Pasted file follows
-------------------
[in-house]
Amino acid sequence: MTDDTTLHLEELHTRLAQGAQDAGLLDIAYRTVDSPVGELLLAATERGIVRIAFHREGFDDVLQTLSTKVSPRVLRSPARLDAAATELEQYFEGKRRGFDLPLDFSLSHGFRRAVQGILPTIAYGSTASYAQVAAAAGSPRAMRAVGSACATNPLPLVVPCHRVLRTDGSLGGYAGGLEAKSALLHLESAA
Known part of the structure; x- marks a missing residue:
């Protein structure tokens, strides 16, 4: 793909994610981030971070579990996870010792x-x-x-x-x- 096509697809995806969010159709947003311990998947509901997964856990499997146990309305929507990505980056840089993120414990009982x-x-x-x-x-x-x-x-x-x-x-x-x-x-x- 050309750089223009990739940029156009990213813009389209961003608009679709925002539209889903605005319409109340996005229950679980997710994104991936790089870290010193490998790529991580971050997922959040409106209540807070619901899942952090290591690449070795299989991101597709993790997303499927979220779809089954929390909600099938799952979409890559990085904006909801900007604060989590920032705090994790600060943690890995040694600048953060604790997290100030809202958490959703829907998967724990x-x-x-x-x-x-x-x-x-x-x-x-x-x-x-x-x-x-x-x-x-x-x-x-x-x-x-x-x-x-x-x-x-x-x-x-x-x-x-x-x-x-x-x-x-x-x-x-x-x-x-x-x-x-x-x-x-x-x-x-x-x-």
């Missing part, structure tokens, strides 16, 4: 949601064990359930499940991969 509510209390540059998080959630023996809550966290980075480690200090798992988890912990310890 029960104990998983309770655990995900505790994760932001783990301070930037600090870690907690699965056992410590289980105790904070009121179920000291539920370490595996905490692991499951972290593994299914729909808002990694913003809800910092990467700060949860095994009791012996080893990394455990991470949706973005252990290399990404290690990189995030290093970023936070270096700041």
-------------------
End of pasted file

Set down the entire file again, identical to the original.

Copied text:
[in-house]
Amino acid sequence: MTDDTTLHLEELHTRLAQGAQDAGLLDIAYRTVDSPVGELLLAATERGIVRIAFHREGFDDVLQTLSTKVSPRVLRSPARLDAAATELEQYFEGKRRGFDLPLDFSLSHGFRRAVQGILPTIAYGSTASYAQVAAAAGSPRAMRAVGSACATNPLPLVVPCHRVLRTDGSLGGYAGGLEAKSALLHLESAA
Known part of the structure; x- marks a missing residue:
């Protein structure tokens, strides 16, 4: 793909994610981030971070579990996870010792x-x-x-x-x- 096509697809995806969010159709947003311990998947509901997964856990499997146990309305929507990505980056840089993120414990009982x-x-x-x-x-x-x-x-x-x-x-x-x-x-x- 050309750089223009990739940029156009990213813009389209961003608009679709925002539209889903605005319409109340996005229950679980997710994104991936790089870290010193490998790529991580971050997922959040409106209540807070619901899942952090290591690449070795299989991101597709993790997303499927979220779809089954929390909600099938799952979409890559990085904006909801900007604060989590920032705090994790600060943690890995040694600048953060604790997290100030809202958490959703829907998967724990x-x-x-x-x-x-x-x-x-x-x-x-x-x-x-x-x-x-x-x-x-x-x-x-x-x-x-x-x-x-x-x-x-x-x-x-x-x-x-x-x-x-x-x-x-x-x-x-x-x-x-x-x-x-x-x-x-x-x-x-x-x-």
């Missing part, structure tokens, strides 16, 4: 949601064990359930499940991969 509510209390540059998080959630023996809550966290980075480690200090798992988890912990310890 029960104990998983309770655990995900505790994760932001783990301070930037600090870690907690699965056992410590289980105790904070009121179920000291539920370490595996905490692991499951972290593994299914729909808002990694913003809800910092990467700060949860095994009791012996080893990394455990991470949706973005252990290399990404290690990189995030290093970023936070270096700041």